Sunday, January 2, 2011
Seeking the Source & Nodding to it
Reactions come so fast that it is easy to mistake them for reality. Feelings definitely are real in their effects - coloring everything around them and can even change the idea of who we are while they're at it. Responsiveness is something we all share to varying degrees. Without that our lives would not be of much interest, too monotonous and dull. But feelings can sideswipe us too, taking our breath away and leaving us gasping for air; and at times pump us so full of excitement, anger or other strong emotion that we are practically blind to what is going on around us or even in us.
It can be hard to let go of a mood of melancholy that taints everything with regret; or to hold on to a feeling of happiness that saturated a time shared. Sometimes we feel the whole world turns in one moment, happy and going along until WHAM something changes in the way things are said, or done, or the events take a turn in unexpected directions and then everything feels different.
Some describe emotional twists like changes in the weather, sunny and pleasant, and warm enough until the wind kicks up and as though standing in a shadow or out in a wide field, the chill cuts deep and nothing can be done to protect us. But in fact, this is not quite the way it feels. It is not an outside influence like the wind, but an internal one that changes the way feelings take hold. Then everything changes because of the way we respond to those feelings.
Recently I was traveling and visiting family and friends. The sequence of activities and moving from this place to that was remarkably easy. Though there were twinges of sadness upon parting one, there were thrills of happiness at the next stop. Getting out of the routine was remarkable, and the landscape around me was quite different and entirely provocative. I didn't have much of an agenda beyond the going and doing together with people, trying to make fun out of daily stuff like meals and such, catering to various interests among us, and offering opportunities for visiting. But after going along for a few days, a comment was made to me and it was if something shifted and what had been a happy time turned tumultuous, brooding and rife with hidden hazards.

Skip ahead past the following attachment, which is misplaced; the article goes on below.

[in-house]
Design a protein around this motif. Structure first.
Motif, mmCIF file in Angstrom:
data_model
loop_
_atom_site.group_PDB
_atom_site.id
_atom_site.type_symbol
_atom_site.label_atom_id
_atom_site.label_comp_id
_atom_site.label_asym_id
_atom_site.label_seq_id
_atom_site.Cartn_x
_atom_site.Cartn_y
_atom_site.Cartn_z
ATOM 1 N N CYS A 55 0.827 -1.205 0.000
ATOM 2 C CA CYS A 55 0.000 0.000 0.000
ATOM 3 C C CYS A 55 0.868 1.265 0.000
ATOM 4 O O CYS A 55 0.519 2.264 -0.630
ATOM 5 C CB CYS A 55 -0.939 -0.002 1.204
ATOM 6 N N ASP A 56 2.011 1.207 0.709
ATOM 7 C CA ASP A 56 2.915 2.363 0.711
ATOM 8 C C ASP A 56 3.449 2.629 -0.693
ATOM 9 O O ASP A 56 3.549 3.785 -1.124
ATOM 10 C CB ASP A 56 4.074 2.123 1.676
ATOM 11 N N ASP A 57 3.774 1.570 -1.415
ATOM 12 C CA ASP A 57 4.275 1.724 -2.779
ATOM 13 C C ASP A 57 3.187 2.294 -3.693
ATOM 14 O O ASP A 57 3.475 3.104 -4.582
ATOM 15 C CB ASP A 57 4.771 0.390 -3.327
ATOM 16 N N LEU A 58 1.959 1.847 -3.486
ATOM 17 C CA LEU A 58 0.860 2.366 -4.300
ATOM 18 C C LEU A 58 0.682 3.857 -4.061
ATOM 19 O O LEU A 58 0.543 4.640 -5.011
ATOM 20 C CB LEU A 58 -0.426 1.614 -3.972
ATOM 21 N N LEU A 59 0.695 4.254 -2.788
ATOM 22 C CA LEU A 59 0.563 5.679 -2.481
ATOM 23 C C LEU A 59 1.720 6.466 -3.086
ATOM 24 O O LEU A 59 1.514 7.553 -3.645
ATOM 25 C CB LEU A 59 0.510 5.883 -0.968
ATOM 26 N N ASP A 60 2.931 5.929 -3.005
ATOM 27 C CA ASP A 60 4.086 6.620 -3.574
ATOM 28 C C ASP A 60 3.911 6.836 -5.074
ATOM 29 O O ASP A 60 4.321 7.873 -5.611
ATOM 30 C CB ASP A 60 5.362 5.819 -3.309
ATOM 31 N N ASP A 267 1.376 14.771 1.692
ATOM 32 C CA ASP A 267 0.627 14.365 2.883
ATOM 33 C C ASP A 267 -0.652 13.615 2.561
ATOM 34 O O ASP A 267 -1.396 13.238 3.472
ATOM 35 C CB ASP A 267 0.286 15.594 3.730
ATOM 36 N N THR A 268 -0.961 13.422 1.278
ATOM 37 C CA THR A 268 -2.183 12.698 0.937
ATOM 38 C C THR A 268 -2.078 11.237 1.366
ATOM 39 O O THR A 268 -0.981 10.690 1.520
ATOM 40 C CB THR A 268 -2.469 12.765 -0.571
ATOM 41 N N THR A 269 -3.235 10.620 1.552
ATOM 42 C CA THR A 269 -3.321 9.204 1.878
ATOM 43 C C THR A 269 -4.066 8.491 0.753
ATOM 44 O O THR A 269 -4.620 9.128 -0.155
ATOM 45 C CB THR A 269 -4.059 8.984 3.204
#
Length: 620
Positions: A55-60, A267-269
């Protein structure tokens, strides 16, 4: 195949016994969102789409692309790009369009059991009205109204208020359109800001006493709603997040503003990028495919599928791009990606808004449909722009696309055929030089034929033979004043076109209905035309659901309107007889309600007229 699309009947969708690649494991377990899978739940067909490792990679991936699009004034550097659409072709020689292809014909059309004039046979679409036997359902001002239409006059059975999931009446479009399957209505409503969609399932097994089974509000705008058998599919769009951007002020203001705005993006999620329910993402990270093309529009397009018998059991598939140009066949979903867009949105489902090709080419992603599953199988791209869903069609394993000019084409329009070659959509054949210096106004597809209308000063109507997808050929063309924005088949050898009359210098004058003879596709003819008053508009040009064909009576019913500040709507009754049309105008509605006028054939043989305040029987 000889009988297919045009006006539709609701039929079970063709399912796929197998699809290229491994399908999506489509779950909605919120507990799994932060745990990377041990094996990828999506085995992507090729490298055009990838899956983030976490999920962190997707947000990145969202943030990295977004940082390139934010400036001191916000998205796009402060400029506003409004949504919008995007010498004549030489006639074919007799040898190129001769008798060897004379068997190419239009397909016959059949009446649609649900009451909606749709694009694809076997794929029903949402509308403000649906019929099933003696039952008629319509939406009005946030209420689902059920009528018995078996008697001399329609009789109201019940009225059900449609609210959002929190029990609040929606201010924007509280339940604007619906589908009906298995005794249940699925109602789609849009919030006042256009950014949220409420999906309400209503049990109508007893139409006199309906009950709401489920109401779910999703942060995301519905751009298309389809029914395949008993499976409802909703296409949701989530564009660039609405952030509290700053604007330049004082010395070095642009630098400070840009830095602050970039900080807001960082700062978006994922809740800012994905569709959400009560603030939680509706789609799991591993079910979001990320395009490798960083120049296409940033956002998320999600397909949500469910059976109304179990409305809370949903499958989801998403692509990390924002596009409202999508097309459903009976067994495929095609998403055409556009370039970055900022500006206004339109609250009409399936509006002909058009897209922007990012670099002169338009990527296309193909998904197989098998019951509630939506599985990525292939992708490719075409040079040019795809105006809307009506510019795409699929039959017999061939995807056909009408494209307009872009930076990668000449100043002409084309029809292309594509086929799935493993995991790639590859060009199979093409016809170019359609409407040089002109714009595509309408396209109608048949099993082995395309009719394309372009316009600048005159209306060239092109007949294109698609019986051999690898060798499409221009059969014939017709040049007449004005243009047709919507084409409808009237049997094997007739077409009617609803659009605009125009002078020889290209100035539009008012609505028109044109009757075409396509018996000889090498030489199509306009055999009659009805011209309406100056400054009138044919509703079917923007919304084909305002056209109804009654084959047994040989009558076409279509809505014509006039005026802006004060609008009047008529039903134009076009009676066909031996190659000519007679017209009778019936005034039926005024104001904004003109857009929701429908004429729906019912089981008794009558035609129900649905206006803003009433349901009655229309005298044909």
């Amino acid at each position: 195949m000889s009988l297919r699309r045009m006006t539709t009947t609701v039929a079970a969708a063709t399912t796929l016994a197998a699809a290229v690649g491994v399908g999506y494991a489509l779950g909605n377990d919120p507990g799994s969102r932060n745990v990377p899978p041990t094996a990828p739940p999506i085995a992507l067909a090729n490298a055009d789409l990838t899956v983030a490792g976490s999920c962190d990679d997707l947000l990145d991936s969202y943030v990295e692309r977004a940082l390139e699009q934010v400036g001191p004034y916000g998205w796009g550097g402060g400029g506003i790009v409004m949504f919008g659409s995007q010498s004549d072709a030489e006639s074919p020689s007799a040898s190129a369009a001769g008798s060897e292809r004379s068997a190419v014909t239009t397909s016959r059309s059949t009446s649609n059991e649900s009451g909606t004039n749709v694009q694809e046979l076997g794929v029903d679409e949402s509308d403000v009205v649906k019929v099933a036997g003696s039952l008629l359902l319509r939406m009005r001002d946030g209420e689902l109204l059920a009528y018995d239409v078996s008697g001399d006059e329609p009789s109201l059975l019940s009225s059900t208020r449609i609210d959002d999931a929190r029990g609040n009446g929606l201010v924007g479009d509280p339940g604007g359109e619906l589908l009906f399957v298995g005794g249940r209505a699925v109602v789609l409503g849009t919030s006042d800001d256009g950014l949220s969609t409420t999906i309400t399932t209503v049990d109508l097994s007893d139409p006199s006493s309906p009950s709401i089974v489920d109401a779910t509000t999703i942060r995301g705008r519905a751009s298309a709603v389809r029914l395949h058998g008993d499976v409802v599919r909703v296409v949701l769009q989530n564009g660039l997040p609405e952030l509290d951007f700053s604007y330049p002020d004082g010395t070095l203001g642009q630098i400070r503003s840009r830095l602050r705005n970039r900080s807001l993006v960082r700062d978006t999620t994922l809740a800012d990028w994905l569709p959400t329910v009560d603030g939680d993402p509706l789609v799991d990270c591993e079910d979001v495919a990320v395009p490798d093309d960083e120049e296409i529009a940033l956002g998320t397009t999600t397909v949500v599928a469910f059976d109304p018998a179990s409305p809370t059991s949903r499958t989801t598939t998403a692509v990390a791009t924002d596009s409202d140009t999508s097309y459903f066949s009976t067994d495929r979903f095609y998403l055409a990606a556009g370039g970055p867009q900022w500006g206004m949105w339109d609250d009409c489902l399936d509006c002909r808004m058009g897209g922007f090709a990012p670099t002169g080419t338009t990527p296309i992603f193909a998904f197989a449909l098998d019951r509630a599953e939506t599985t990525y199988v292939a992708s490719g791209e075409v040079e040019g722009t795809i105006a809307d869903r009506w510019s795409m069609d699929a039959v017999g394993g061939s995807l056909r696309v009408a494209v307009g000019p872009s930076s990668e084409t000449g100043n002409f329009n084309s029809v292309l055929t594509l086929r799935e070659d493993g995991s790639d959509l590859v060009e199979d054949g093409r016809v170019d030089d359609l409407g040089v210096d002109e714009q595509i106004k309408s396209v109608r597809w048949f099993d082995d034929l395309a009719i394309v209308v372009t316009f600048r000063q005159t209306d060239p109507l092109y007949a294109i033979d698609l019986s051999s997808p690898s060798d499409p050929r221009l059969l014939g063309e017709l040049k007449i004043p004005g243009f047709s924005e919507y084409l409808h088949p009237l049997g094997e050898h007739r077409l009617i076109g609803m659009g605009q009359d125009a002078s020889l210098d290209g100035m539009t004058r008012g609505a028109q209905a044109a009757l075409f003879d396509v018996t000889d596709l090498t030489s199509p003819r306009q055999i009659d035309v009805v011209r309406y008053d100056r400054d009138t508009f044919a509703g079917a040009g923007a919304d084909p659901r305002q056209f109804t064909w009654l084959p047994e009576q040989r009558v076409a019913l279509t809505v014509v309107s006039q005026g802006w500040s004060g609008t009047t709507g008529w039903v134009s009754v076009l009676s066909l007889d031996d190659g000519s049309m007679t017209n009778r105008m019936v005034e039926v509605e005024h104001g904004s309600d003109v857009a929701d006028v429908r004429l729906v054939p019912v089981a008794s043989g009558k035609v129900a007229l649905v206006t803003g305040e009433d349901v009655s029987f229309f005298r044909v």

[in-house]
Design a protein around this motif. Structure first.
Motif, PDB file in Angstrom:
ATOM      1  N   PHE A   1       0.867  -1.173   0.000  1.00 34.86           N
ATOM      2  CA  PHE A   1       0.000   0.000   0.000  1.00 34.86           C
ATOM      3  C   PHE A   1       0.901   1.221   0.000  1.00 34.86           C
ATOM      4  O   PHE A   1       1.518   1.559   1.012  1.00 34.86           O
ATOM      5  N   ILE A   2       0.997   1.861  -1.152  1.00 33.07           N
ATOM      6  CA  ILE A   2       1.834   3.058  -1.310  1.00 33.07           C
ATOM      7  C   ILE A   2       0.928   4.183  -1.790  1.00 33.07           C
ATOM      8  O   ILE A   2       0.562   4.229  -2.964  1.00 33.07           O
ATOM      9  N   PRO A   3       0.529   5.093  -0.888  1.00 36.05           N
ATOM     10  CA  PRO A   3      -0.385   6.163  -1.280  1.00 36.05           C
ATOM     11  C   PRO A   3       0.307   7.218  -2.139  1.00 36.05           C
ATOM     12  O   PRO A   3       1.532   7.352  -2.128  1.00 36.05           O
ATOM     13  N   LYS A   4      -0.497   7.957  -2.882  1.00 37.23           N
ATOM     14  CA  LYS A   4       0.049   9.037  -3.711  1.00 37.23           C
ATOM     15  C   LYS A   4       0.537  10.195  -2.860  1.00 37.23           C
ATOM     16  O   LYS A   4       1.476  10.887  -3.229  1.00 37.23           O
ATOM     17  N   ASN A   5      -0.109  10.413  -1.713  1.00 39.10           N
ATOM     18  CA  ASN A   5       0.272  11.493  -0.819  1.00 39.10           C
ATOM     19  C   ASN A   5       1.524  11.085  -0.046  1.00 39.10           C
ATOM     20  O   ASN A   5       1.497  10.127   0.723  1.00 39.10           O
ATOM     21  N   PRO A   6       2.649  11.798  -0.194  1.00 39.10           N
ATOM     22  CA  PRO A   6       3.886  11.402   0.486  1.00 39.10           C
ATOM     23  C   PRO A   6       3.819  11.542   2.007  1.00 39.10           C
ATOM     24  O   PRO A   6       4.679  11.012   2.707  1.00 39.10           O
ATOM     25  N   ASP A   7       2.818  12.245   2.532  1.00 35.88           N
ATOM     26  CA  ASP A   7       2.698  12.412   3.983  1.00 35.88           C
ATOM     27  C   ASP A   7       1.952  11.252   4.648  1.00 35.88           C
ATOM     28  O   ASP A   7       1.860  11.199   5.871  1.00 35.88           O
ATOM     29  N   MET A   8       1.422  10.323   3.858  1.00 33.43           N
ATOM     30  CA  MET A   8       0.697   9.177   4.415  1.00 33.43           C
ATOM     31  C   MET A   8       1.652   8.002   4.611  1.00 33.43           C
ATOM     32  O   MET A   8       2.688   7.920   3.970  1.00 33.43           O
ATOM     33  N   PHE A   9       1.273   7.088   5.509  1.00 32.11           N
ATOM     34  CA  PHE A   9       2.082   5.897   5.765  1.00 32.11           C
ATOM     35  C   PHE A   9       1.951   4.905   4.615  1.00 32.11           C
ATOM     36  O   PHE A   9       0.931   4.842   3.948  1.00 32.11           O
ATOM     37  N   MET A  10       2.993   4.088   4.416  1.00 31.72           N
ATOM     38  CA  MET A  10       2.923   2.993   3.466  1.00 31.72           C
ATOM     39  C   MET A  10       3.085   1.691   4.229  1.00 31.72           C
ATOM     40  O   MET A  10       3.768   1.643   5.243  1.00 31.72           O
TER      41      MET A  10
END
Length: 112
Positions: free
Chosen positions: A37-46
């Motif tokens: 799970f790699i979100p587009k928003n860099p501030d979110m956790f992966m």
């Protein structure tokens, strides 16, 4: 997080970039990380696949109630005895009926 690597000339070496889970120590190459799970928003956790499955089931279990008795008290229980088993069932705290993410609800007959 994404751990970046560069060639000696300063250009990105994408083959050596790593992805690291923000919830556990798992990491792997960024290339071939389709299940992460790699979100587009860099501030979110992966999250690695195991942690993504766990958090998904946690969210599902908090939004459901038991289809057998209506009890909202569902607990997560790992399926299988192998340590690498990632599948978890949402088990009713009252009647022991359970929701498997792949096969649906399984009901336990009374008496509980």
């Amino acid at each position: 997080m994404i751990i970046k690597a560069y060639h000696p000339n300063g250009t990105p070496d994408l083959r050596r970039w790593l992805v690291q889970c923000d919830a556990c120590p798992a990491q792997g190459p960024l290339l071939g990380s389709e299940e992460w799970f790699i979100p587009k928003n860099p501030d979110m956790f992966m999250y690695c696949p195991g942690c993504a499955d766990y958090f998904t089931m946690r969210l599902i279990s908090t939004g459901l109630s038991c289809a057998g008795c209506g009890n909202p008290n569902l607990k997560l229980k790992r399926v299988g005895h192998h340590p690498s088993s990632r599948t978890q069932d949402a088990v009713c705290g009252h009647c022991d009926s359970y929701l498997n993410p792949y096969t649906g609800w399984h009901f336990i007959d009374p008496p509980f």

I had been reading "Radical Acceptance" by Tara Brach, Ph.D., and was able to use her powerful tool of taking a pause, literally, and relaxing my body, to seek within myself where the pain or sorrow or tension was held. Going deeper, beyond the tightness in the stomach or the clenching of the throat, the racing heartbeat, I was able to find a more embedded source for the reactions that I was feeling. The deepest level of feeling was that of being a failure, that of being unlovable or unworthy, the response way down under what seemed like frustration or uncertainty. It can be set off by any type of rejection or criticism, and start a cascade of justifications or defenses. I have seen this pattern before in myself and in others. It is not uncommon to have these deep feelings, and to be ruled by them. But it is not required that we react and react from that same wounded place from long ago.
Obviously no one is perfect, and holding oneself to that kind of standard in all things -- especially emotional and connective aspects of relationships -- is really a waste of energy. But it is important to see where the feeling of "less than" or "unworthy" come from. Perhaps that urge to be loved and accepted went unanswered long ago, or we judged ourselves like objects rather than living beings and put a shameful stamp across our foreheads for all time because of a behavior or reactive moment in the past. When we do this, any little thing can refer straight back to those feelings.
Seeking out that source of the deeper feeling makes it possible to nod at the whole self in which the emotional response rose. Then we might be able to deal with the situation at hand in the moment just as it is, rather than attaching it to everything that has ever felt bad or gone wrong before. (Oh that sinking feeling in the pit of the stomach will take us right back there to that awfulness...whatever it was.) Each of these reactions is just that -- a reaction. Events change continuously offering the possibility that with a fresh and open mind I might be able to feel the current feeling and go on, being authentically myself without all that 1) baggage, 2) self-abnegation and 3) fear of disaster!
What a relief it is to see each response as a response. Not that there is erasure of responsibility for the actions I take, or the effects of those actions. I can recoil and in that instant see myself begin to entrench in a defensive reaction. It is at that moment that I nod at the deep sorrow that underlies the response, and can put down the defense in favor of being present in that moment rather than holding on tight to relive an imagined moment of the past.
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